I finally watched Tinkerbell and the Legend of the NeverBeast! It was out in December but I just had no time to watch it between finishing my co-op and going back to a full-time student. As usual, the animation in the movie was gorgeous. Disney never disappoints me with their great art and scenes.
I loved it just like how I love all of the Disney Fairies movies. In this spin-off, Fawn the animal fairy becomes the star. Fawn is known for her compassion and always ends up in trouble when she tries to help big dangerous animals. She meets a mysterious “beast” who she names “Gruff”. The scout fairies want to capture Gruff because they see him as a danger after they find an old legend that says the NeverBeast will bring thunderstorms to destroy Pixie Hollows. Fawn tries to protect Gruff while secretly doubting whether she is right about the goodness she sees in him.
They don’t see what I see.
Really Seeing Someone
Everyone is afraid of Gruff and believes the legend. Everything falls into place as the legend says (Gruff even grows bat wings and scary horns). Even Fawn ends up believing the legend when she helps the scout fairies capture him.
Aside from me being a sap seeing Gruff captured and hurt and sad, this movie speaks a lot about judgement. Granted, the scout fairies are playing the “bad” roles with pure intentions to protect Pixie Hollows, however, this movie sends a message to believe in others. People are not always who you think they are. In my opinion, they are probably better than you think- or at least, they can be.
I try to believe in better sides of people. I try to find the goodness in others because I want others to do the same for me. I believe that there is good and bad in everybody. There is even goodness in the person you hate the most. They do not give their goodness to you, but it doesn’t mean they don’t give it to others. I think this habit of mine resulted from my hobby of story writing. I hate 1D characters- the villains who are nothing but bad, the heroes who are nothing but good. It’s easy to think of flaws for a character – Oh, they are stubborn. Oh, they are arrogant. Oh, they are cowards – but they are still a good person because they’re the protagonist!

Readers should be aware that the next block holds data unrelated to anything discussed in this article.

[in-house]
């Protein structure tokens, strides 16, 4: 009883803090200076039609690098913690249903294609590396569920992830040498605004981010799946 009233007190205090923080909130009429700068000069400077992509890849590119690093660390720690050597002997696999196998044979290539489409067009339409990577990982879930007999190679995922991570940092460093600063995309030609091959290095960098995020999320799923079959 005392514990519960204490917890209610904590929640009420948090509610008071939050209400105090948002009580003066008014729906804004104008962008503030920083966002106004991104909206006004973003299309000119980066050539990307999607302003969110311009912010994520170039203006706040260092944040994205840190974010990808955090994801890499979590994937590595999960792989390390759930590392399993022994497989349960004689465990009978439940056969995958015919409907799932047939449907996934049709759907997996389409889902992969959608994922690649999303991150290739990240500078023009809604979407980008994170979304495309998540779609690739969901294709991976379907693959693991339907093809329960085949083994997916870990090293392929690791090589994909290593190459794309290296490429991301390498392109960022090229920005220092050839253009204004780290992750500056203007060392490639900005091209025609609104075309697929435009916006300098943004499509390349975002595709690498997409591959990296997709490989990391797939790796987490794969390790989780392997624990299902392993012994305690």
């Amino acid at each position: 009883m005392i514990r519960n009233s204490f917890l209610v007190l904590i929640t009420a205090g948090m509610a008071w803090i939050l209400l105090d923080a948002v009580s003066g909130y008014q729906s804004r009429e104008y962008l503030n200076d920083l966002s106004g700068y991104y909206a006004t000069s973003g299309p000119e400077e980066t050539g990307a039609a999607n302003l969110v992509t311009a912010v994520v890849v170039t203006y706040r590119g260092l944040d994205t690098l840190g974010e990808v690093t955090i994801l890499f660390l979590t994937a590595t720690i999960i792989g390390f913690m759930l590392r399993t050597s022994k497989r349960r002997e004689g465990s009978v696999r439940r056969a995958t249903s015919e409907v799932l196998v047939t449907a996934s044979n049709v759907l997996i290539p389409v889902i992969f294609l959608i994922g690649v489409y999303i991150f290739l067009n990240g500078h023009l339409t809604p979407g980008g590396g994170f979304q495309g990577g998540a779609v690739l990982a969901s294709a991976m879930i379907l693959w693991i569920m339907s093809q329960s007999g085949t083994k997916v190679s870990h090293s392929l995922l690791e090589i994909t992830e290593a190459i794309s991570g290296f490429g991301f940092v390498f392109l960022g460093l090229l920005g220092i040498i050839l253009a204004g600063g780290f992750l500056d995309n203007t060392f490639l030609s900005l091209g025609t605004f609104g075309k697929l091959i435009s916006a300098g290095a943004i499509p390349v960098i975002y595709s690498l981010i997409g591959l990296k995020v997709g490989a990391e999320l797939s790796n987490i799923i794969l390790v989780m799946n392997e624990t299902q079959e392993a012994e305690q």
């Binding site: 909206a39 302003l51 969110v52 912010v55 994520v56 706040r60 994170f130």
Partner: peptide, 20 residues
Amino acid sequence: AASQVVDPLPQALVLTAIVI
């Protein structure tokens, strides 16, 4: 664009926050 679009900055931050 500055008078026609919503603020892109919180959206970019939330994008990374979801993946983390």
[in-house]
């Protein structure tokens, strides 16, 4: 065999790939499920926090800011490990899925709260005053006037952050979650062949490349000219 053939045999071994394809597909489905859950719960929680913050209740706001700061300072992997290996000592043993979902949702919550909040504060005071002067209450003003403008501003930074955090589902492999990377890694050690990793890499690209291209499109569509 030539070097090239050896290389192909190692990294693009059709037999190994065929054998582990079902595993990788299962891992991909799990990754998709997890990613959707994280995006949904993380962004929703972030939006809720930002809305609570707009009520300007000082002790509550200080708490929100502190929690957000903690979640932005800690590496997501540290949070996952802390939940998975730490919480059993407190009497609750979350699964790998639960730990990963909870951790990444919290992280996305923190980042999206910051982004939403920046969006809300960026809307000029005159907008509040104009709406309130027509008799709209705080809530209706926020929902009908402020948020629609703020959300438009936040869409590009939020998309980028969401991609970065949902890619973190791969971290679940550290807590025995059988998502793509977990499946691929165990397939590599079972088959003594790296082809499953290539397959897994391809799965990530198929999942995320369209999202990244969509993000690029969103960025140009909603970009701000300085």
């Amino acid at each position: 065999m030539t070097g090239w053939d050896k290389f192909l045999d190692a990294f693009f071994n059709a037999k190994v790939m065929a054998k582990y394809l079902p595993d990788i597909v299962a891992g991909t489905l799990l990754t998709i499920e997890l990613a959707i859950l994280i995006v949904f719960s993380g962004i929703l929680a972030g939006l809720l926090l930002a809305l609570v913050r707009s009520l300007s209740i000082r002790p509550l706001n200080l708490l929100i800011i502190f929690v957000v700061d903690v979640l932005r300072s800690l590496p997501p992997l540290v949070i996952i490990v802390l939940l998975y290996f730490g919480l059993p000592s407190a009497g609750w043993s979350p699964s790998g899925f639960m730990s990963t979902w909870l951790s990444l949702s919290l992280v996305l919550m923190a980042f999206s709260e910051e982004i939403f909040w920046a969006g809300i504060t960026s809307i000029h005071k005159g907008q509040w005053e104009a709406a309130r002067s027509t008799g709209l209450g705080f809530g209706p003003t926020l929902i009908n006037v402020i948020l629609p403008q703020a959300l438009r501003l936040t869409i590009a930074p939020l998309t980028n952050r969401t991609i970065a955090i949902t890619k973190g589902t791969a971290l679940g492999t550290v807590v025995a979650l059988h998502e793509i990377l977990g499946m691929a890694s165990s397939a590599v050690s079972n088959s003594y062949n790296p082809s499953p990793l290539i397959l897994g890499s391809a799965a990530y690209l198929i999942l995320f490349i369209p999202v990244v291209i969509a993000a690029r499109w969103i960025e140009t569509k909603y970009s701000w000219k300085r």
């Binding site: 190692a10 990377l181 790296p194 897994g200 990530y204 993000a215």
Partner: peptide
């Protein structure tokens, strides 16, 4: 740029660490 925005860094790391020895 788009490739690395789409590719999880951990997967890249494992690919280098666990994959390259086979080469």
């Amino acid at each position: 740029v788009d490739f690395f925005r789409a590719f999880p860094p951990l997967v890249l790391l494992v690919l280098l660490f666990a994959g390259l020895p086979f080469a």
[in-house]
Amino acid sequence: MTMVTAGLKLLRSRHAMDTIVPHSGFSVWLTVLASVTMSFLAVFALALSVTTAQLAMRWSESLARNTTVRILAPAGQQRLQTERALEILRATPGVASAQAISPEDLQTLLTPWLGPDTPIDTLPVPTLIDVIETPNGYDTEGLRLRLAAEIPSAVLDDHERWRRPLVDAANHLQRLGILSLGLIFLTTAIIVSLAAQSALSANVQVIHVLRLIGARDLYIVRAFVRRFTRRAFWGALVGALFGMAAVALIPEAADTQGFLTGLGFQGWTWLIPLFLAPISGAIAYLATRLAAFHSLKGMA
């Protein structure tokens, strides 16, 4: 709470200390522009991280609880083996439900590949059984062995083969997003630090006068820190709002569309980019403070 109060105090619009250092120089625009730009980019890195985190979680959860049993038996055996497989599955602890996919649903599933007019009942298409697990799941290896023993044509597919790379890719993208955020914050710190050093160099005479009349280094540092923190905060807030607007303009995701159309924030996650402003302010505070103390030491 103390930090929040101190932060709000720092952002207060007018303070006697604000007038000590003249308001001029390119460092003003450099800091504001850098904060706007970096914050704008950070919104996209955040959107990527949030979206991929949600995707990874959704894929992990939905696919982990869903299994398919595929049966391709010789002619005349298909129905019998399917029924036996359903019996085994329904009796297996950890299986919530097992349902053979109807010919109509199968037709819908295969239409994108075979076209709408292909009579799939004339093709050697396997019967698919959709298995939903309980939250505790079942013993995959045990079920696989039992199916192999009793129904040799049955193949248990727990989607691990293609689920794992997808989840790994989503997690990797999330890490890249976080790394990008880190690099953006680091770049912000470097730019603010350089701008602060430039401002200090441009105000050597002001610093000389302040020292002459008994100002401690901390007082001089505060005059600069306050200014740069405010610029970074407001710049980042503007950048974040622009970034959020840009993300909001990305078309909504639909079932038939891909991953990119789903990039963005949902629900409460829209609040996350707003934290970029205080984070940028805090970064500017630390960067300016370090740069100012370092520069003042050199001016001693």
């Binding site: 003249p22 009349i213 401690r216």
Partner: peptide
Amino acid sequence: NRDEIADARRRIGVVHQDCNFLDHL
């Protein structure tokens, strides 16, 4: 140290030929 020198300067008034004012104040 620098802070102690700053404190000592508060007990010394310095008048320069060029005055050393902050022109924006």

That’s dandy and swell, but my heart really goes out to the villain of the story who shows a glimmer of kindness. Because when you see that, when you see someone you believe is evil do something good, you wonder if they are as bad as you think.
When someone does something “bad” to me, I get angry and sad. Then I step outside of my character and wonder what motivated them to do that to me (back to English 10… “what is the character’s motivation?”). I make up reasons in my mind even if I have no idea if they are true or not. This person did that because they too had a bad experience before, because I did something “bad” to them, because someone they trusted told them to… because they had a reason, not just because they are a “bad” person.
One of the themes in The Legend of the NeverBeast is to see someone- to really, truly see them for who they are and not for whom others think they are. Fawn is able to see the goodness in Gruff even when nobody else can, and I think that is a very beautiful thing.
In a world where everybody believes your heart is black and you are darkness, a person who sees the light in you is irreplaceable. If everybody believed in the goodness of others, the world will be more compassionate because we will light it up.